Now aged sixteen, Annat is living in the city of Masalyar and training as an apprentice shaman. Struggling with the pangs of first love and a wish for freedom, she is horrified to see the crows flying over her city. Something she thought destroyed for ever has risen again: a spectre from the past.
When her brother disappears, she and her aunt set out to find out what has become of him. But Annat is caught and imprisoned in the Glass Mountain, a place from legend.
A powerful Magus needs their souls and their father's heart to cast his greatest spell, to bring a dead man to life. Unless he can be stopped, Annat, her brother and their father will die; and the country will be overthrown.
But there is something hidden in the Mountain that will change their lives. They must fight to protect their own world, and to save another: one so small it can be hidden in a suitcase.
Still half in a sleep, Semyon stumbled out of bed, clawing his shirt from the chair beneath the window. As he struggled with the latch to the shutters, he glimpsed Sarl’s form rising fully clad from the mattress where he had not slept, like a corpse rising stark out of a coffin. Grimacing, the Magus flung open the shutters and squinnied out into the street beyond. That cursed innkeeper had given them a room high up, almost under the eaves, but not so high that he could sneak to the girl’s room unnoticed.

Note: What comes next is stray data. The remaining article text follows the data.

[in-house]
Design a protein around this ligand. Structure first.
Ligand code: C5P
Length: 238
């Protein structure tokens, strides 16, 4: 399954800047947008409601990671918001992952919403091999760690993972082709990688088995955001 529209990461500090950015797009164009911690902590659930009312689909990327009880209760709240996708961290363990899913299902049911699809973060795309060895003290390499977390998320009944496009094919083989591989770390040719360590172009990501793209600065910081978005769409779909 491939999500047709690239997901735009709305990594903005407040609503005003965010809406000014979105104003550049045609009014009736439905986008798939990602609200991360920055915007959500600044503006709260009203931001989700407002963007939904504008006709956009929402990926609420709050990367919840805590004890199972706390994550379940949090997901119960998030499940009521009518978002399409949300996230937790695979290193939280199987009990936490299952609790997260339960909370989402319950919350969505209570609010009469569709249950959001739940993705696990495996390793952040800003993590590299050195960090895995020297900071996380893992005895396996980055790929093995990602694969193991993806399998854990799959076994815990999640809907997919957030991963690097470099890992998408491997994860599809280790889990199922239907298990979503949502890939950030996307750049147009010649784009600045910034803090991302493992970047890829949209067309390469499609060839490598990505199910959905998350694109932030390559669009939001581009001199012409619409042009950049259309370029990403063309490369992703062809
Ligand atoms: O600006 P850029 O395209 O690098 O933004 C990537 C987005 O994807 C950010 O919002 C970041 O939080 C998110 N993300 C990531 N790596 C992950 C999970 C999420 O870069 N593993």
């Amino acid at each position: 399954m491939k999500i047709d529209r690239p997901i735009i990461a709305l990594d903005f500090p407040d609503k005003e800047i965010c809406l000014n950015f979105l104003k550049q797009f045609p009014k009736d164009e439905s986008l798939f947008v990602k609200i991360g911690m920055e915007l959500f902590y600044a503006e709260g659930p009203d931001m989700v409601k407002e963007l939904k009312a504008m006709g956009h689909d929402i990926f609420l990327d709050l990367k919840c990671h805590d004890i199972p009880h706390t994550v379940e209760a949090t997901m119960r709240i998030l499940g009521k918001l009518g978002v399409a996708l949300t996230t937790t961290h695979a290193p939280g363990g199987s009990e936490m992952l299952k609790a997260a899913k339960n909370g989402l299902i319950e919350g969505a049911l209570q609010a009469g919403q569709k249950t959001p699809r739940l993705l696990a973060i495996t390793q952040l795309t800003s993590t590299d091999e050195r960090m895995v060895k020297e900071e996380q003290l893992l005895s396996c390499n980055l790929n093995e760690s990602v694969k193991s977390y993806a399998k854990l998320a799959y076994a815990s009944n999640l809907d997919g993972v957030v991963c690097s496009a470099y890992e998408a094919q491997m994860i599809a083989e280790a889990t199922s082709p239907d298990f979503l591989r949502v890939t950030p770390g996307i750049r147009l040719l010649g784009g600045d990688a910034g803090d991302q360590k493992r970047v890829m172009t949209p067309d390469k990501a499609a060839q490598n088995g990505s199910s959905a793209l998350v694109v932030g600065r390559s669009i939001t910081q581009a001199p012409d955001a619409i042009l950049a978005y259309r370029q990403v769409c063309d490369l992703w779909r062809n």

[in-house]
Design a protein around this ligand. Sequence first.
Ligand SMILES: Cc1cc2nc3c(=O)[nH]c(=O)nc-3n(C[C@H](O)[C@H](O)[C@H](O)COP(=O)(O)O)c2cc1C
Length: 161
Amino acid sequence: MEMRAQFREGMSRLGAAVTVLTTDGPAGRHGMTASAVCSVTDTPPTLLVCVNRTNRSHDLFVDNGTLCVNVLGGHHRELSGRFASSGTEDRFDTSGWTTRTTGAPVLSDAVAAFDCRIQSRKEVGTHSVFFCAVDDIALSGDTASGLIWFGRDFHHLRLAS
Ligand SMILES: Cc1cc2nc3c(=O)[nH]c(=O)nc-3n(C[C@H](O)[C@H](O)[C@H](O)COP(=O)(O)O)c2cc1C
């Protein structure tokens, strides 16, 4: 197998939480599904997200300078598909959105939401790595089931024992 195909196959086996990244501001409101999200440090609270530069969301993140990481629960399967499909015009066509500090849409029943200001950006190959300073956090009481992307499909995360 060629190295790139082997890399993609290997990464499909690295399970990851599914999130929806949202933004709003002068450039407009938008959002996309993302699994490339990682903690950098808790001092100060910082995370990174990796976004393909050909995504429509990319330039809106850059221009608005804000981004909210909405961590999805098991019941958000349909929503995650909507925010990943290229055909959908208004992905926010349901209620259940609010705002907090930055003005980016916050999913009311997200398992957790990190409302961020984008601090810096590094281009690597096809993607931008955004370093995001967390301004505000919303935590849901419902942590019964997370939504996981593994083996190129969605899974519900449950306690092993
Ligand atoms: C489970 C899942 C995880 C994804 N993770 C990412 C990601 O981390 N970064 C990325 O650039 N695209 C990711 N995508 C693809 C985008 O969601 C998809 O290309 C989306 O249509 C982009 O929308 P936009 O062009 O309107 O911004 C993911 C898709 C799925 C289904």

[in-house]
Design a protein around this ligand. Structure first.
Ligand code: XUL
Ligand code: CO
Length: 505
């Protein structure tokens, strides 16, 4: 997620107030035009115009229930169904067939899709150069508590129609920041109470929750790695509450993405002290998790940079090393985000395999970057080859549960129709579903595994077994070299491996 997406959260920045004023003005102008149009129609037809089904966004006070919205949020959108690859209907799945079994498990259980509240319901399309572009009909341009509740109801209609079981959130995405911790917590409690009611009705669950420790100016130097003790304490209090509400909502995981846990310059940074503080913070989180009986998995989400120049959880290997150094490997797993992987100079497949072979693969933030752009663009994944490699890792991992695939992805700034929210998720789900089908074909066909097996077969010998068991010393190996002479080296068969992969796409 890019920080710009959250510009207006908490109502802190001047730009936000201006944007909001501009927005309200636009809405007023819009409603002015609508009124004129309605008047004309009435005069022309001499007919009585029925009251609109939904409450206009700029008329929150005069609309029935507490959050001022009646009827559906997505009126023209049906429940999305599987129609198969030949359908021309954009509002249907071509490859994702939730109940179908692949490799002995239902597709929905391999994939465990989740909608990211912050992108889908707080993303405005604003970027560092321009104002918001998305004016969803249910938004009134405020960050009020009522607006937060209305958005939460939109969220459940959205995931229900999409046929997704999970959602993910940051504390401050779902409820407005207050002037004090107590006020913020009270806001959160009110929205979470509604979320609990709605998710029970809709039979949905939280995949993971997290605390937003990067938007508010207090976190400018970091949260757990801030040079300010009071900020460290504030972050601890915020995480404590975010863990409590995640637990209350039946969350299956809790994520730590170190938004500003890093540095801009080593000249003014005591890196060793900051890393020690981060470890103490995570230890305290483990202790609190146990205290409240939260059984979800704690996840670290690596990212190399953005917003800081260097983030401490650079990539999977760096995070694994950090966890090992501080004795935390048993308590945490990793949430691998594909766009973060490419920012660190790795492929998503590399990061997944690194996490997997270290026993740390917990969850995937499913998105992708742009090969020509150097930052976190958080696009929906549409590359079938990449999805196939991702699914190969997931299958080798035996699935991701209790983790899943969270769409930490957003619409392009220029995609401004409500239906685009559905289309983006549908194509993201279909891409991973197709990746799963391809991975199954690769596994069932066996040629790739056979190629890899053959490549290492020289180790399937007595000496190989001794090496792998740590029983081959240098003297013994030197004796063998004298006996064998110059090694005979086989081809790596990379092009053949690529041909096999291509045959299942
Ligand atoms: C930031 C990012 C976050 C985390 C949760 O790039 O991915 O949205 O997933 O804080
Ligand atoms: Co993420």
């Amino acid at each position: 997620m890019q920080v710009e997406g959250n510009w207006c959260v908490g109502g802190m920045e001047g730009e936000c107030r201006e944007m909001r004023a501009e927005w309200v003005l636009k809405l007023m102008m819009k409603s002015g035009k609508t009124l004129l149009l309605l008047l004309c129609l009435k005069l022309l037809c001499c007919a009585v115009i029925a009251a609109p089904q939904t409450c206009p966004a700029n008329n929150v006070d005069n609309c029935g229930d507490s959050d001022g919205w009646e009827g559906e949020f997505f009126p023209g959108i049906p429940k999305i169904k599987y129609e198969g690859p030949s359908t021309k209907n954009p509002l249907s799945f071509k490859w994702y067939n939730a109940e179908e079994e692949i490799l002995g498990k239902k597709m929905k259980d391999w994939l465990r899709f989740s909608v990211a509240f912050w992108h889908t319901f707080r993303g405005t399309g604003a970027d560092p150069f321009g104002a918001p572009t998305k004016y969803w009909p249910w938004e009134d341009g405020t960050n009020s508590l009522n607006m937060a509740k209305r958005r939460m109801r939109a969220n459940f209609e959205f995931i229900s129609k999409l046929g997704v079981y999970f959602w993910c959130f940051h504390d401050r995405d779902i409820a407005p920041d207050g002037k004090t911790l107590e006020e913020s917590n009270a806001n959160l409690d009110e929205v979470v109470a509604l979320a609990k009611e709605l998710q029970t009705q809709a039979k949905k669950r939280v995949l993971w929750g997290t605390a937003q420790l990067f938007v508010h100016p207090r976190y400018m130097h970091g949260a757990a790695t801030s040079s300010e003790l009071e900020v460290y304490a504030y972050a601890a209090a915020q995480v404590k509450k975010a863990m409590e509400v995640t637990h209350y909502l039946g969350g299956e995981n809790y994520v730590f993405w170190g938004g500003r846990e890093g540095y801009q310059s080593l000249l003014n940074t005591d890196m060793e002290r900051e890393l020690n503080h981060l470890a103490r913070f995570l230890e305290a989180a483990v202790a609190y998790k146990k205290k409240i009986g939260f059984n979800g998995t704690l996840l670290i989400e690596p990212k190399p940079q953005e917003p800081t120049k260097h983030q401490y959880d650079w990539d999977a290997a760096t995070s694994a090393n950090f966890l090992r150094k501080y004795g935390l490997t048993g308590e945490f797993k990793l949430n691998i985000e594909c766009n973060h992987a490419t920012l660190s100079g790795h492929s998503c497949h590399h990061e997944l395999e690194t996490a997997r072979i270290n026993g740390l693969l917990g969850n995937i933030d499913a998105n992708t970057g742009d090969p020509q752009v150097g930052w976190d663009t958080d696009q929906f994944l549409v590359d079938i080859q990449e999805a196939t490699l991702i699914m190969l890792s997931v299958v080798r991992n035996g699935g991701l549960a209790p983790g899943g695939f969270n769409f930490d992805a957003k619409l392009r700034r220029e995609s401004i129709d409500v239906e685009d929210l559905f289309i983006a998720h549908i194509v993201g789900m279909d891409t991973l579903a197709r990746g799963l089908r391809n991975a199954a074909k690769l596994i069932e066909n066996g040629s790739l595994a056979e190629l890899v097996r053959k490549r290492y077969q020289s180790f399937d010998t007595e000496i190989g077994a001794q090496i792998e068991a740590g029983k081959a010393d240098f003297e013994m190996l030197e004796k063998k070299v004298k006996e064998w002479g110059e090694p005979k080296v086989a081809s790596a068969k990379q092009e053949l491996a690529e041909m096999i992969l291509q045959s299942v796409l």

He had not been dreaming. The scream echoed again, fresh and sharp as a vixen’s bark in the night. Swearing to himself, Semyon rubbed his eyes and saw the two figures in the street below before Sarl pushed him aside. The shock of the third shaman’s power was like a salt-water drenching; he saw Sarl flinch, and took secret satisfaction in knowing that even his imperturbable enemy was startled. How could it be that someone so strong had shared the same city with them undetected? They should have begun the search last night, instead of yielding to the blandishments of sleep and food. He forced himself into the gap between Sarl and the window-frame, however much he hated to touch the dead man.
‘Jean Sorel,’ cried the girl, more weakly this time. She was lying sprawled on the cobbles, bleeding from her nose, a sight that gave Semyon unexpected pleasure; someone else had taught her not to be so haughty! Standing over her was a figure in a black gabardine coat, his long hair uncovered in the morning cold. Semyon searched the street for a glimpse of the shaman whose power had startled him awake, but there was no one else to be seen; only the girl lying on the ground, and the small man. Sarl was gripping the window ledge, his knuckles white.
‘Yes, come out, Jean Sorel,’ called the man from the street below. ‘Come and see what I’ve brought you,’ and he gave the girl’s prone body a kick. Sarl took a pace back from the window, shading his eyes as if he had seen a blinding light.